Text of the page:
The Rangers are about to embark on another stretch of thirteen games in thirteen days. This time, though, it’s against teams that aren’t as daunting as the Astros, Giants, Yankees and Angels.
So, don’t expect them to do as well.
The first three are in Minnesota, starting tonight, against the Twins, a team that, like the Rangers, is saddled with a monumentally bad contract.
With Texas, it’s Shin-Soo Choo. With Minnesota, it’s Joe Mauer.
Choo is the quintessential platoon player who, in eleven seasons, has never made an All-Star team, never won a Gold Glove, never won a Silver Slugger Award, never even sniffed a batting championship. In his entire eleven-year career, in fact, Choo has led his league in only one offensive category. In 2013 he led the National League in being hit by pitches, a bruising 23 times.
That’s it. His plaque in whatever place they have plaques that don’t make it to Cooperstown will read, “Led the NL in HPB in 2013.”
Yes, somehow (Scott Boras), he snaked a seven-year, $130 million contract out of the Rangers. For a part-time player.
What’s worse is, the easy years of his contract are behind the Rangers. He was due $14 million in 2014 and this year. But then the bloodletting really begins. $20 million in 2016, 2017, and 2018. And $21 million in 2019 and 2020.
At least Joe Mauer had some skins on the wall when the Minnesota Twins threw money at him like a drunken sailor on shore leave.
He’s a six-time All-Star. He won the MVP in 2009 and finished in the top ten in MVP voting three other times. He’s won three batting championships, four Silver Slugger Awards and three Gold Gloves. And he was a hometown kid.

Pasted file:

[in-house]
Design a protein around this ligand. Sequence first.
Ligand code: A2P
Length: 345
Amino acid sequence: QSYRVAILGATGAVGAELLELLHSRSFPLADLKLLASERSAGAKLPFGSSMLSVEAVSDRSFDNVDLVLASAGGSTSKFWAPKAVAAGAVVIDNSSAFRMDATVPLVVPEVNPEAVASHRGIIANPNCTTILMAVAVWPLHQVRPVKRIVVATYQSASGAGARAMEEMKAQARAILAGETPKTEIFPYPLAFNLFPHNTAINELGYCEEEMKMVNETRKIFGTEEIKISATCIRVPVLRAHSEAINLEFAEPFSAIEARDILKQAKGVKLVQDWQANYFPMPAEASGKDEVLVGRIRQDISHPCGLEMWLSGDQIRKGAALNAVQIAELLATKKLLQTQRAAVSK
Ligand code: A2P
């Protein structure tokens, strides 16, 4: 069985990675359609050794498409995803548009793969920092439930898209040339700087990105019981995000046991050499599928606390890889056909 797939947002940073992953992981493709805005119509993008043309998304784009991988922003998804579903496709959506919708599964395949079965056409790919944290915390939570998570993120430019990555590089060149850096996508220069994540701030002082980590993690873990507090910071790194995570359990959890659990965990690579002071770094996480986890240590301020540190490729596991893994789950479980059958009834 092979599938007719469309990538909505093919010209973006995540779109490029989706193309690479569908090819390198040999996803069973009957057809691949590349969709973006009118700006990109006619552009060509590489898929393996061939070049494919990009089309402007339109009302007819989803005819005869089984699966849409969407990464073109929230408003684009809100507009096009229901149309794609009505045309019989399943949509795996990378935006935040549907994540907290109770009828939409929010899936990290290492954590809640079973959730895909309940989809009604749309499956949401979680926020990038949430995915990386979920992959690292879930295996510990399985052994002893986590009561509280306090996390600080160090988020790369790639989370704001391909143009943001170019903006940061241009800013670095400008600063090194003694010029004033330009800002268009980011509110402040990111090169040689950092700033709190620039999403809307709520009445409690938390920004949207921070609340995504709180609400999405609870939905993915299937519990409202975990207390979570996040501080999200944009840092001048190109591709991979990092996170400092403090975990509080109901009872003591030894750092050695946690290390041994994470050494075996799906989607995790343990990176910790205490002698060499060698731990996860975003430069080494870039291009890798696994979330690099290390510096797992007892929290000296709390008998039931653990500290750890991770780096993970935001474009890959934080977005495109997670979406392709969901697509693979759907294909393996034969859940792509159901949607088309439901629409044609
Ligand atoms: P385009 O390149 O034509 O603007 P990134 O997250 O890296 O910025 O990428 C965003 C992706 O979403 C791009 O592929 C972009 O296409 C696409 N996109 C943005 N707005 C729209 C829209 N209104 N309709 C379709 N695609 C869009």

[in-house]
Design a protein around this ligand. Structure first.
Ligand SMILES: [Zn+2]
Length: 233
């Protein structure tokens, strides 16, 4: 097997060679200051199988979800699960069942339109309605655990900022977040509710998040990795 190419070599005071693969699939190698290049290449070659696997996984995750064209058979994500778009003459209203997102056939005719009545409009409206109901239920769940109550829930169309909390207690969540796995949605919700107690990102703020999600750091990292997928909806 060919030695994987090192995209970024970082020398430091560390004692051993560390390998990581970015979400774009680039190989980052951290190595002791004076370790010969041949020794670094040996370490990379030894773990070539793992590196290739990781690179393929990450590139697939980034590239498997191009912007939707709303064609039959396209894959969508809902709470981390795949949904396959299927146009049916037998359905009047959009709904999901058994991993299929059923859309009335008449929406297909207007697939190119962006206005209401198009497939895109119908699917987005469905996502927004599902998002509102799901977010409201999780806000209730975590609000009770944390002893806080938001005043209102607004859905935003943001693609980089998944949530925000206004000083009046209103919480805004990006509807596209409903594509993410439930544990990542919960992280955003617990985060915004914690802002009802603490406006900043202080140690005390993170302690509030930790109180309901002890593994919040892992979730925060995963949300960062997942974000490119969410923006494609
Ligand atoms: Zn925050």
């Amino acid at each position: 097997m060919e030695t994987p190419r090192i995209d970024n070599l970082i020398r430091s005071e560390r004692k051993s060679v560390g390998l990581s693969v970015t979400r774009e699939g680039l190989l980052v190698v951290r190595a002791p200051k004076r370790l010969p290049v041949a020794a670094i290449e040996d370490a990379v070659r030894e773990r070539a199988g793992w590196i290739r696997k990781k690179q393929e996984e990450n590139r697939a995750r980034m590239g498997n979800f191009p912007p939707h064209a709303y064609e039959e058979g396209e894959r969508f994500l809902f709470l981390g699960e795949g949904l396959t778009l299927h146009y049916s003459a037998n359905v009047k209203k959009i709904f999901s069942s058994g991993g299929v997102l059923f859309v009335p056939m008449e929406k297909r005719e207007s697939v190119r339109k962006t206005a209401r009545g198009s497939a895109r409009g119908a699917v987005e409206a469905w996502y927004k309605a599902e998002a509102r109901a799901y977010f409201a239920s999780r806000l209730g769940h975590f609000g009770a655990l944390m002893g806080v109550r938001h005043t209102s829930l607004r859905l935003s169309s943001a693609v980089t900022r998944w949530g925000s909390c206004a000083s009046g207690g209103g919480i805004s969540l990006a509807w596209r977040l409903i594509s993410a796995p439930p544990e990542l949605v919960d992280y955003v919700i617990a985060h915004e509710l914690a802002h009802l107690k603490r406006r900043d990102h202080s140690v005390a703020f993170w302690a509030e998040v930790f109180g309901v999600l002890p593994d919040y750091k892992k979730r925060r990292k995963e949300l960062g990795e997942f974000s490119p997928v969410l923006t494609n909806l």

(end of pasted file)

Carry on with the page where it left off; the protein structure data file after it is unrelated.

Also, he was the chip they had to have to get their ballpark built.
But it all evaporated the minute the Twins signed him to a crazy long-term deal.
This season, Joe Mauer is making $23 million of the $102 million the Twins are paying in total payroll. One guy—him—is getting a quarter of their money.
He stopped catching three seasons ago. Now he plays first base. Had he still been catching, his numbers would be decent, but not spectacular, and they would benefit from his leadership behind the plate. But as a corner infielder, his numbers are anemic:
Last year: 4 HRs, 55 RBIs, .277 AVG, .732 OPS.
This year: 7 HRs, 47 RBIs, .266 AVG, .707 OPS.
He has turned his career into Mitch Moreland, pre-2015, with less power. At almost five times the cost.
The Twins have three more years of Mauer at $23 million per year.
The Rangers have a huge TV contract, play in the fourth largest market in the country, and have owners with deep pockets. They can sustain a Choo contract, and an Andrus contract and, in a few years, a Fielder contract, and still take on a Hamels contract.
They are the guy who sits down at the poker table and blows through his stack of chips on a ten-high hand. He just buys more chips.
The Twins, on the other hand, play in tiny Minneapolis and are crippled by their Joe Mauer deal. When their stack of chips is gone, it’s gone.
This year, they got off to a great start, but because of the Mauer albatross, they could not afford to add substantial talent to stay afloat. It won’t get any better the next few seasons as their great young talent starts maturing and delivering. The Mauer contract is going to prevent them from adding significant pieces to get to the next level.
They will be forced to bottom feed, with the other bottom feeders, and go after C-list guys like the Wandy Rodriguezes and the Ross Detwilers and the Mike Napolis of the world.
A surprising team that was nine games over .500 at the All-Star break is now three games under and in a free-fall.
And Joe Mauer’s cement shoes of a contract is taking them down.